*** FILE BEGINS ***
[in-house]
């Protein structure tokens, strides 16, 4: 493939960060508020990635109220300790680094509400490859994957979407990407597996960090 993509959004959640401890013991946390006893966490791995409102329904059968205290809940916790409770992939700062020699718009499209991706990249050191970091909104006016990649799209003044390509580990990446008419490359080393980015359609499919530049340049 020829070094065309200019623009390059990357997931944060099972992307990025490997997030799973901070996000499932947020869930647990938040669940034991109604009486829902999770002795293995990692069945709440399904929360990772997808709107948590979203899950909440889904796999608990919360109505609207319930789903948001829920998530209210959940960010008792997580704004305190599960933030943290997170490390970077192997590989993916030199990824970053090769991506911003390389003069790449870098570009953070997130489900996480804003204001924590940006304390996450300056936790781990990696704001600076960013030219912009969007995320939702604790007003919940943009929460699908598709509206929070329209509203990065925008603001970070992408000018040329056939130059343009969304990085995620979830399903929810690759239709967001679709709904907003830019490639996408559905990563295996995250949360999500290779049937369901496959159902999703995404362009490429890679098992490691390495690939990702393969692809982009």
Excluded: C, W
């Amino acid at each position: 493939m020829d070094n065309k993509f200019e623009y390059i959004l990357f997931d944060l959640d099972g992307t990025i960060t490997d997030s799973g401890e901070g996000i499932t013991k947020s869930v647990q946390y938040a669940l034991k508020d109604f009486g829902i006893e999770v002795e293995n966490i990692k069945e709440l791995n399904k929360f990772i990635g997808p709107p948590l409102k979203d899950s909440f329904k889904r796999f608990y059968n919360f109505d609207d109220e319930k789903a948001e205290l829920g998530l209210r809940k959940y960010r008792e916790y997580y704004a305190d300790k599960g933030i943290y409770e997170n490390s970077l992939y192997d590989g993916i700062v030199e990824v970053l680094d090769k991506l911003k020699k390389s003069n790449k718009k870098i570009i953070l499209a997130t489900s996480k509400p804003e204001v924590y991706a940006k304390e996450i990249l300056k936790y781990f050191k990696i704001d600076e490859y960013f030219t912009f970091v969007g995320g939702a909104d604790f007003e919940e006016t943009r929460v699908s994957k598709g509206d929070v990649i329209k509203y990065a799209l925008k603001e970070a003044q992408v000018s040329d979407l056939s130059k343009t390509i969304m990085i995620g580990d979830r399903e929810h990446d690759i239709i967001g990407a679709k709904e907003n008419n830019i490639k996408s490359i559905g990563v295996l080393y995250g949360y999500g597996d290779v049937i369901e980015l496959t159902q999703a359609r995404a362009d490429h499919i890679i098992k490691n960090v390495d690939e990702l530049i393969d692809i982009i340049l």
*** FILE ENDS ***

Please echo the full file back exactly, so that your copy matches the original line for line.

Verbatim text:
[in-house]
């Protein structure tokens, strides 16, 4: 493939960060508020990635109220300790680094509400490859994957979407990407597996960090 993509959004959640401890013991946390006893966490791995409102329904059968205290809940916790409770992939700062020699718009499209991706990249050191970091909104006016990649799209003044390509580990990446008419490359080393980015359609499919530049340049 020829070094065309200019623009390059990357997931944060099972992307990025490997997030799973901070996000499932947020869930647990938040669940034991109604009486829902999770002795293995990692069945709440399904929360990772997808709107948590979203899950909440889904796999608990919360109505609207319930789903948001829920998530209210959940960010008792997580704004305190599960933030943290997170490390970077192997590989993916030199990824970053090769991506911003390389003069790449870098570009953070997130489900996480804003204001924590940006304390996450300056936790781990990696704001600076960013030219912009969007995320939702604790007003919940943009929460699908598709509206929070329209509203990065925008603001970070992408000018040329056939130059343009969304990085995620979830399903929810690759239709967001679709709904907003830019490639996408559905990563295996995250949360999500290779049937369901496959159902999703995404362009490429890679098992490691390495690939990702393969692809982009």
Excluded: C, W
């Amino acid at each position: 493939m020829d070094n065309k993509f200019e623009y390059i959004l990357f997931d944060l959640d099972g992307t990025i960060t490997d997030s799973g401890e901070g996000i499932t013991k947020s869930v647990q946390y938040a669940l034991k508020d109604f009486g829902i006893e999770v002795e293995n966490i990692k069945e709440l791995n399904k929360f990772i990635g997808p709107p948590l409102k979203d899950s909440f329904k889904r796999f608990y059968n919360f109505d609207d109220e319930k789903a948001e205290l829920g998530l209210r809940k959940y960010r008792e916790y997580y704004a305190d300790k599960g933030i943290y409770e997170n490390s970077l992939y192997d590989g993916i700062v030199e990824v970053l680094d090769k991506l911003k020699k390389s003069n790449k718009k870098i570009i953070l499209a997130t489900s996480k509400p804003e204001v924590y991706a940006k304390e996450i990249l300056k936790y781990f050191k990696i704001d600076e490859y960013f030219t912009f970091v969007g995320g939702a909104d604790f007003e919940e006016t943009r929460v699908s994957k598709g509206d929070v990649i329209k509203y990065a799209l925008k603001e970070a003044q992408v000018s040329d979407l056939s130059k343009t390509i969304m990085i995620g580990d979830r399903e929810h990446d690759i239709i967001g990407a679709k709904e907003n008419n830019i490639k996408s490359i559905g990563v295996l080393y995250g949360y999500g597996d290779v049937i369901e980015l496959t159902q999703a359609r995404a362009d490429h499919i890679i098992k490691n960090v390495d690939e990702l530049i393969d692809i982009i340049l």